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Gen Comp Endocrinol. 2013 Jun 1;186:80-4. doi: 10.1016/j.ygcen.2013.03.010. Epub 2013 Mar 18.

Crustacean hyperglycemic hormone precursor transcripts in the hemocytes of the crayfish Procambarus clarkii: novel sequence characteristics relating to gene splicing pattern and transcript stability.

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  • 1Department of Biology, National Changhua University of Education, Changhua 50058, Taiwan.

Abstract

It was demonstrated in a previous study (Wu et al., 2012b) that crustacean hyperglycemic hormone (CHH) gene is expressed in the hemocyte of Procambarus clarkii. In the present study, 2 additional cDNAs (CHH2-L and tCHH2) from the hemocyte and a CHH gene (CHH2) from the abdominal muscle of the same species were cloned. Analyses of the cDNA and genomic sequences suggested that, similar to other previously reported CHH genes, 2 precursor transcripts (CHH2 and CHH2-L) would be derived from CHH2 gene through a process of RNA alternative splicing, and CHH2 and CHH2-L each encode a precursor containing a signal peptide, a CHH precursor-related peptide, and a mature peptide. Further, tCHH2 sequence consists of exon I, exon II, and a truncated segment of intron II of CHH2 gene, followed by a previously unknown 3'sequence. It is suggested that, because the truncation disrupts the highly conserved RNA splice acceptor site, the truncated segment is retained within tCHH2, resulting in encoding a precursor containing the typical precursor components except the mature peptide is truncated with only 40 residues. In addition, unlike 2 other previously identified transcripts (referred to as CHH1 and CHH1-L), CHH2-L, CHH2, tCHH2 contain in the 3'-UTRs 3-5 AU-rich elements (AREs). The data showed that multiple CHH genes are expressed in crayfish hemocytes. Novel sequence characteristics of the transcripts result in an RNA splicing pattern that yields a transcript (tCHH2) encoding a precursor with an atypical truncated mature peptide and possibly leads to a different expression dynamics of the precursors encoded by the ARE-containing transcripts.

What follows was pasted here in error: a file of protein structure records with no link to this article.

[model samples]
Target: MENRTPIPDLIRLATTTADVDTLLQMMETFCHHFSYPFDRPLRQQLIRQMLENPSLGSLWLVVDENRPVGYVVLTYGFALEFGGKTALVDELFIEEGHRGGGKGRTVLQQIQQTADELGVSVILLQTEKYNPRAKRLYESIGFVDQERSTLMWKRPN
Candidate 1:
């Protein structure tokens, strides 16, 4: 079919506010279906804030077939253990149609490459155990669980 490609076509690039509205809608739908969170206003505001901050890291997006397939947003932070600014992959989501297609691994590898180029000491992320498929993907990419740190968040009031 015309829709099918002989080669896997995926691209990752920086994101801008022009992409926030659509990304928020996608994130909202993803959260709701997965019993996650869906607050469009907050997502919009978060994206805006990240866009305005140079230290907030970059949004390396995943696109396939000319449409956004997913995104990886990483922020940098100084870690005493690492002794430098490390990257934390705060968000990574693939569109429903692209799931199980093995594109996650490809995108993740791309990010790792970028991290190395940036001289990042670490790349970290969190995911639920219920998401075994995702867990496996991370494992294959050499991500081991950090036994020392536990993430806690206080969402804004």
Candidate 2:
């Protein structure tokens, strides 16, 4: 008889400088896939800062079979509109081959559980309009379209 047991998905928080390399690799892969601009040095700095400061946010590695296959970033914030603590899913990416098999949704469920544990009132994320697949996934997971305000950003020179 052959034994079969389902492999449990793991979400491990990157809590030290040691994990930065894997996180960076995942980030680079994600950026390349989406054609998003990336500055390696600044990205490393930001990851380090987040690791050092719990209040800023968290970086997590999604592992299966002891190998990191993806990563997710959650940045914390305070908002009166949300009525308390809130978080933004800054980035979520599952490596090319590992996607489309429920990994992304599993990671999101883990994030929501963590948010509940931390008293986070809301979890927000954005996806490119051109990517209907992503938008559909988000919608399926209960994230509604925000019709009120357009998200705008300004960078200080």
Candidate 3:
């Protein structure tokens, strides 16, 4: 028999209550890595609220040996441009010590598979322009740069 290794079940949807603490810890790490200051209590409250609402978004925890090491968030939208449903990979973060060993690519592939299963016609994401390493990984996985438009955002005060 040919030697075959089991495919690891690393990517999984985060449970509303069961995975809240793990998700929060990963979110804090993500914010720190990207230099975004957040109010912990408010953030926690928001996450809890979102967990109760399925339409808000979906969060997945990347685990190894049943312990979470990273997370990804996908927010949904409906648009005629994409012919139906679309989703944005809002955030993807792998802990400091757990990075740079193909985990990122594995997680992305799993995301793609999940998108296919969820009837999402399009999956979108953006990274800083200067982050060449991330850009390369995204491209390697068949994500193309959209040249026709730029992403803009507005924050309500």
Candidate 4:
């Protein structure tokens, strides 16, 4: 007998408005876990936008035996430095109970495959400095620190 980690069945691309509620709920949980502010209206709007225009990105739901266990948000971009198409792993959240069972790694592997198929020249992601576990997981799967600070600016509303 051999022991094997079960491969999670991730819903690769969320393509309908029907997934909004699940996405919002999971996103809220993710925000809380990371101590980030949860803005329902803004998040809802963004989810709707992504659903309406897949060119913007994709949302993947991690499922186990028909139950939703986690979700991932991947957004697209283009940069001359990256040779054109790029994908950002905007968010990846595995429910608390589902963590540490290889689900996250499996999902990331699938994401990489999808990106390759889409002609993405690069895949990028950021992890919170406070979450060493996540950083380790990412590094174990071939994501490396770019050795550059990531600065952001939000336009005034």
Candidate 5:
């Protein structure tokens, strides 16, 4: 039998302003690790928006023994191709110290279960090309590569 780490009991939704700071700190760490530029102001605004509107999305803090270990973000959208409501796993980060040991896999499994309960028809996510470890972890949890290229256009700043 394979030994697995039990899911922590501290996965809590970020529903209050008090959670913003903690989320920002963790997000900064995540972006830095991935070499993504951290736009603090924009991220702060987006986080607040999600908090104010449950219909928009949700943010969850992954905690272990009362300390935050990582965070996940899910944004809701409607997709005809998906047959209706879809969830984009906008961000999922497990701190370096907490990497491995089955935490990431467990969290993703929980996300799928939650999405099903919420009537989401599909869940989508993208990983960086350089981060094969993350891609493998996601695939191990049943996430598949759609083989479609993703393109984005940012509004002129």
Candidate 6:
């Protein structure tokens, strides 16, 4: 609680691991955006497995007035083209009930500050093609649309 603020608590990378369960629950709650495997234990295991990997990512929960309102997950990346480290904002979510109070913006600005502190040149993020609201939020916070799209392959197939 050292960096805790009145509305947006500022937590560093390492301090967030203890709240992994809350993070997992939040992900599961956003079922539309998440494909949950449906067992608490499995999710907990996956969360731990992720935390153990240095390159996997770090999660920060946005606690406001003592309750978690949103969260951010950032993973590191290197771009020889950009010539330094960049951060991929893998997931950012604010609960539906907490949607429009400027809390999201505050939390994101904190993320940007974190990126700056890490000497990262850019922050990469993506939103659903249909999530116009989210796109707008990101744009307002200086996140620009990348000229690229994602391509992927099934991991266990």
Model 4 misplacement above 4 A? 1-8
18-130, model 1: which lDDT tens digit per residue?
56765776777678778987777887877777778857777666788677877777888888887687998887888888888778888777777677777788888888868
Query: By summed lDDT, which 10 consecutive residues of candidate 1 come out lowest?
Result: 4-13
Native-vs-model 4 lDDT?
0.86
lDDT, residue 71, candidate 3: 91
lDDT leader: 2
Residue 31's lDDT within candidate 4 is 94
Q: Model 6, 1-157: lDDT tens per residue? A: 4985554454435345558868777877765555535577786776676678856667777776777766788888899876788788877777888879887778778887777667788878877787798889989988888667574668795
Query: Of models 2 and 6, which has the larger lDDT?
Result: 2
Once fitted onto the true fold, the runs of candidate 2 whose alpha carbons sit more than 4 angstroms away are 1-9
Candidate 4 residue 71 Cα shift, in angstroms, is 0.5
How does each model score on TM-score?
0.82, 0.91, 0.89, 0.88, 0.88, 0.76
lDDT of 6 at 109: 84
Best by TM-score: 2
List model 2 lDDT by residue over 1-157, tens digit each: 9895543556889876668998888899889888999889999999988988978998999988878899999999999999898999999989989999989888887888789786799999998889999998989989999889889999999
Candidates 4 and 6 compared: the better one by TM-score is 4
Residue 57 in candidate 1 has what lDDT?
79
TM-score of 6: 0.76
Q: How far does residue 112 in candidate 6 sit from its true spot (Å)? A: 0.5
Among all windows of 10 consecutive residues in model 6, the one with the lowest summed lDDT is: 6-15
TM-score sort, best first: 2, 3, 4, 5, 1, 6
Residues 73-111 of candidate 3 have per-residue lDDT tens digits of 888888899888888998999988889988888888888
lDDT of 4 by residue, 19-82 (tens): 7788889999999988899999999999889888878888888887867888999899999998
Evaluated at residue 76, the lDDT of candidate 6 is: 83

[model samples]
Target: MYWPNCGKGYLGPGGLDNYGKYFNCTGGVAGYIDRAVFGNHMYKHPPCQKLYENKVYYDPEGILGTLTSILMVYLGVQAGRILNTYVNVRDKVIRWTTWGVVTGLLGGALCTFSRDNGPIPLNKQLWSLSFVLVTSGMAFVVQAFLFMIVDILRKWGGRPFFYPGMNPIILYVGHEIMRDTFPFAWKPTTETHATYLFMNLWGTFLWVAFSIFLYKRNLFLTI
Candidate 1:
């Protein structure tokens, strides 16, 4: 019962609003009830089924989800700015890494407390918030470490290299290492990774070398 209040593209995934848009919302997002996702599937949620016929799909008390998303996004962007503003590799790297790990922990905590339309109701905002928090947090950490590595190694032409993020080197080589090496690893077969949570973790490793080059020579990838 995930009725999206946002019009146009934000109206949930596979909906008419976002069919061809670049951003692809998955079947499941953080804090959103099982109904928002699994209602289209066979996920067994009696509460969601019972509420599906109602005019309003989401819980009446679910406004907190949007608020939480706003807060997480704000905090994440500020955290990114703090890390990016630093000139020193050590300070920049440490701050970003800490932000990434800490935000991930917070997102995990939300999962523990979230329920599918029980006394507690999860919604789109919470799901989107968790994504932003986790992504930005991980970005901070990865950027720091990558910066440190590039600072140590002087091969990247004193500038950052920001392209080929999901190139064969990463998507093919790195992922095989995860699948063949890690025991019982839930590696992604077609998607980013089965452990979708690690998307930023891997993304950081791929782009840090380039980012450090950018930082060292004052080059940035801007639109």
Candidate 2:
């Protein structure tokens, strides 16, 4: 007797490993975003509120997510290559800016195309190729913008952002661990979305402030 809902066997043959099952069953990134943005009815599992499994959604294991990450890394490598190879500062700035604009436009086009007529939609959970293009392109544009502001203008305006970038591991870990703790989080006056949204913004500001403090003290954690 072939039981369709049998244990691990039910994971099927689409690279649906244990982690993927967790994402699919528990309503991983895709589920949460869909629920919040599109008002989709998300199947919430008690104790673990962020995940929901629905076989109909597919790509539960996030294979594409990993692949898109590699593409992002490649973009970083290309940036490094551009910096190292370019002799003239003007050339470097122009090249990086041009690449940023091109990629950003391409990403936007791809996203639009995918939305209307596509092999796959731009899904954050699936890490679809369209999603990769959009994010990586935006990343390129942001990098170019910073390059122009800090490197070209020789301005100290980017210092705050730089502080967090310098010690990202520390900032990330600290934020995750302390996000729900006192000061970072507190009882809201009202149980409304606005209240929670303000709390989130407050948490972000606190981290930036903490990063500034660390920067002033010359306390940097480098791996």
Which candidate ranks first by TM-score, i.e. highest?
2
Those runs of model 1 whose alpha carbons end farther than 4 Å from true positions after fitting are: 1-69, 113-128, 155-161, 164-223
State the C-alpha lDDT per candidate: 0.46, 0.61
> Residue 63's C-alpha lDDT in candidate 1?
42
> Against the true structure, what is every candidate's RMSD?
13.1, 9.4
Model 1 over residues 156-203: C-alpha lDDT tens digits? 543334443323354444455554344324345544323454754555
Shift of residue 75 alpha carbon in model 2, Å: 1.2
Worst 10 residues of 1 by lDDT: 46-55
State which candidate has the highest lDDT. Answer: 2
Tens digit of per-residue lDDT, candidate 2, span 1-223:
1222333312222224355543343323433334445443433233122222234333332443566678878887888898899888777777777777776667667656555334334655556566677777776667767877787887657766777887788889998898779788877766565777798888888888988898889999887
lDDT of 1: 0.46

Copyright © 2013 Elsevier Inc. All rights reserved.

PMID:
23518482
[PubMed - indexed for MEDLINE]
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